The range of a siege cannon at this time is about 600 yards. Vauban arranges his guns at this distance from the weakest flank of a fortress and then digs a trench behind the guns as a base for the infantry. From here musketeers can protect the artillery from attack by enemy sorties, and can at the same time cover sappers digging trenches which lead towards the fort. They dig in a zigzag line, as a protection from raking cannon-fire along a trench's length.


When the zigzag has moved forward about 200 yards, another trench is dug parallel to the fortress wall. Both infantry and artillery move up into this new position, and the process is repeated. The second move forward brings the sappers within range of musket fire from the ramparts. They extend their trench now under a protective roof, pushed forward on wheels (a device known as a gabion, in the ancient tradition of the Roman tortoise).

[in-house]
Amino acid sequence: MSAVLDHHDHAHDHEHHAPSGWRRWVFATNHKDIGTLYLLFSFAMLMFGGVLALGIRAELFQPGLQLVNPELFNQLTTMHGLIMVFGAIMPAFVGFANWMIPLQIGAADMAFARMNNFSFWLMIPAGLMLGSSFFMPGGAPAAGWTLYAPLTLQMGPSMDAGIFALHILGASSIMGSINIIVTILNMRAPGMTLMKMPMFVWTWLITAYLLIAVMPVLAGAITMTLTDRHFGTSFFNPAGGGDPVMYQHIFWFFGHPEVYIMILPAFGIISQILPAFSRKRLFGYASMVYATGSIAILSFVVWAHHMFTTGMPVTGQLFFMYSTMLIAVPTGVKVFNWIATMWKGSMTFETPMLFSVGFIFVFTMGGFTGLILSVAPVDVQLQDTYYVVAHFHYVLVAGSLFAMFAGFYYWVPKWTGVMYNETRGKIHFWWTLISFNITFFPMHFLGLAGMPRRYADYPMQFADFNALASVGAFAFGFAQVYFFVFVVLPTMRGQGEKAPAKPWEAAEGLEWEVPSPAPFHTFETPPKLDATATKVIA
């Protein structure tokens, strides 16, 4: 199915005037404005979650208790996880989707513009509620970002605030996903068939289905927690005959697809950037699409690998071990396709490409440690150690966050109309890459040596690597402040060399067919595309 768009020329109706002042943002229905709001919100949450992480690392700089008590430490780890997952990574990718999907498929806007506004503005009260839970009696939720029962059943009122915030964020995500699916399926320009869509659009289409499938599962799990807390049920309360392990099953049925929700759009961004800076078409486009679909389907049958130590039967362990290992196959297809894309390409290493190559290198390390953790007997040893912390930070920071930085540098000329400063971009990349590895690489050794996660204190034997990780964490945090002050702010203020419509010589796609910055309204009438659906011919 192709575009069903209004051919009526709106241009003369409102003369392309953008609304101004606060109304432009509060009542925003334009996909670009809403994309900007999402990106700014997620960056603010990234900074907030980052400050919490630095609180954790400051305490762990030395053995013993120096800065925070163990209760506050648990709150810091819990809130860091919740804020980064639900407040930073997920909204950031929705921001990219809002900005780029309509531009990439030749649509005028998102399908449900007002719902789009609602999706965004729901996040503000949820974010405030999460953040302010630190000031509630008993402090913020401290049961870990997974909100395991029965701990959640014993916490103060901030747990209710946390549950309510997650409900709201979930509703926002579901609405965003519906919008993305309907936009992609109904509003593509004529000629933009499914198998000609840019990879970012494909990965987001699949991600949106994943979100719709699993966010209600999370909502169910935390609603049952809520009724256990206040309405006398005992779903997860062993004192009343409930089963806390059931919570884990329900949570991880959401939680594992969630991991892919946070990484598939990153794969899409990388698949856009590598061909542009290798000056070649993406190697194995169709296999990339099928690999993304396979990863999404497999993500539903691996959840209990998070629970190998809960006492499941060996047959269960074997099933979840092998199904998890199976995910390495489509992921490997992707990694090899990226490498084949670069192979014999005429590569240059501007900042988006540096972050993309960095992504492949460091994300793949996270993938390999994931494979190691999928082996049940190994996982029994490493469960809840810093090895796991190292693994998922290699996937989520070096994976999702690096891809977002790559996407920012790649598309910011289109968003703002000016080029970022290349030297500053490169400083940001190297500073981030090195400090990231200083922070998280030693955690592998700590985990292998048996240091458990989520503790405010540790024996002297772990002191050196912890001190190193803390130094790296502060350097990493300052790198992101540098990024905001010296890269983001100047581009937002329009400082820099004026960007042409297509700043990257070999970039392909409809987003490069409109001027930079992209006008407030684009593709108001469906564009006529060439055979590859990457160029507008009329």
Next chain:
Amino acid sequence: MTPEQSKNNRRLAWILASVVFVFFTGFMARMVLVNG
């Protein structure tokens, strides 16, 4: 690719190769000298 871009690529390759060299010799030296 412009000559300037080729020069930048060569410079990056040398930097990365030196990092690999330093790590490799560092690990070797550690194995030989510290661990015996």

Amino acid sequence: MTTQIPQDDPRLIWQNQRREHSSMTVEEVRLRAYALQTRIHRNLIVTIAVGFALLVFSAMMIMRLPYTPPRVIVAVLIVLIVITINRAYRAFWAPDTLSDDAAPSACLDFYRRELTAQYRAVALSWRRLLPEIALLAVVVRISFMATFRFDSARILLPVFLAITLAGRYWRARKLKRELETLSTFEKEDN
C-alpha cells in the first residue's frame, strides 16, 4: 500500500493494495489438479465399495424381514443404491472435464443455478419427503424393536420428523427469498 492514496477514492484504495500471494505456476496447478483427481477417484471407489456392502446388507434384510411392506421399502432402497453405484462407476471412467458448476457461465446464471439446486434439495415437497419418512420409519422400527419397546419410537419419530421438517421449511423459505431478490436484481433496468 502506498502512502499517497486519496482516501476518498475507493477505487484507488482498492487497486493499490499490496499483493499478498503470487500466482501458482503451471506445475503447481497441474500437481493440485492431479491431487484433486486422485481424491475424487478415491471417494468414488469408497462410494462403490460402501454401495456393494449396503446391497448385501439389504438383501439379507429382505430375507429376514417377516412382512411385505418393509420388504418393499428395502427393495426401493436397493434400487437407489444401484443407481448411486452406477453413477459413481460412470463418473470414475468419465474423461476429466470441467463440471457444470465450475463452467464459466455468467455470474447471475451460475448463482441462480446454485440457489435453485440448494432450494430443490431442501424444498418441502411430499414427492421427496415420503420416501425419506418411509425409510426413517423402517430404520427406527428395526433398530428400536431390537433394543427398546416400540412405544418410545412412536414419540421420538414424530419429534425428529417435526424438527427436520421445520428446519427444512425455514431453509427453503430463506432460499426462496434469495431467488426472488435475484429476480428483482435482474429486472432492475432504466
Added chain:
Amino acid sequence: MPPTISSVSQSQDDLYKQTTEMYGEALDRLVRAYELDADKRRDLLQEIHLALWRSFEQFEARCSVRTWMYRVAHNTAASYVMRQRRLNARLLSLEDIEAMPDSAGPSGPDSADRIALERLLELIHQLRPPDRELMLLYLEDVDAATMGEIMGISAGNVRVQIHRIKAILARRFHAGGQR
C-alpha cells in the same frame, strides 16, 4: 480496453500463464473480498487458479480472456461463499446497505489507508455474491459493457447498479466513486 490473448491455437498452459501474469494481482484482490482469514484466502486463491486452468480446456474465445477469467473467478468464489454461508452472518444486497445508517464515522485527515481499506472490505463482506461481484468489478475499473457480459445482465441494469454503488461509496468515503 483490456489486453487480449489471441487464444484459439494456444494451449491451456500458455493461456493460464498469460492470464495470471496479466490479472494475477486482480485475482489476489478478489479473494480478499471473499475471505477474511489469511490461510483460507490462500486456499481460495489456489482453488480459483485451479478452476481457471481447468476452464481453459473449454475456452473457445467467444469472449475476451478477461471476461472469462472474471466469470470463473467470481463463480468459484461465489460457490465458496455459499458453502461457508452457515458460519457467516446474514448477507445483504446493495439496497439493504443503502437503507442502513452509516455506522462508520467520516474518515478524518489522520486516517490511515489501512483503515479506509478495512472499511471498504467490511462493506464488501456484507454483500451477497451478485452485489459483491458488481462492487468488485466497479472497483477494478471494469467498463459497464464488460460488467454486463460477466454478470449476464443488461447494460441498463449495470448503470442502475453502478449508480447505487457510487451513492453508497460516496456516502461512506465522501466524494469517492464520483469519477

When the third parallel position is successfully established, the siege artillery is near enough for a direct bombardment on the walls. In most cases this is soon sufficient to force a breach in the defences.


Maastricht, subjected to these tactics in 1673, falls to the French army in thirteen days. In subsequent engagements Vauban's method of parallel lines proves reliable and easily adapted to each particular fortification and its surrounding terrain. It becomes the custom in the French army to classify enemy fortresses in terms of the number of days for which they are expected to hold out against an assault of this kind.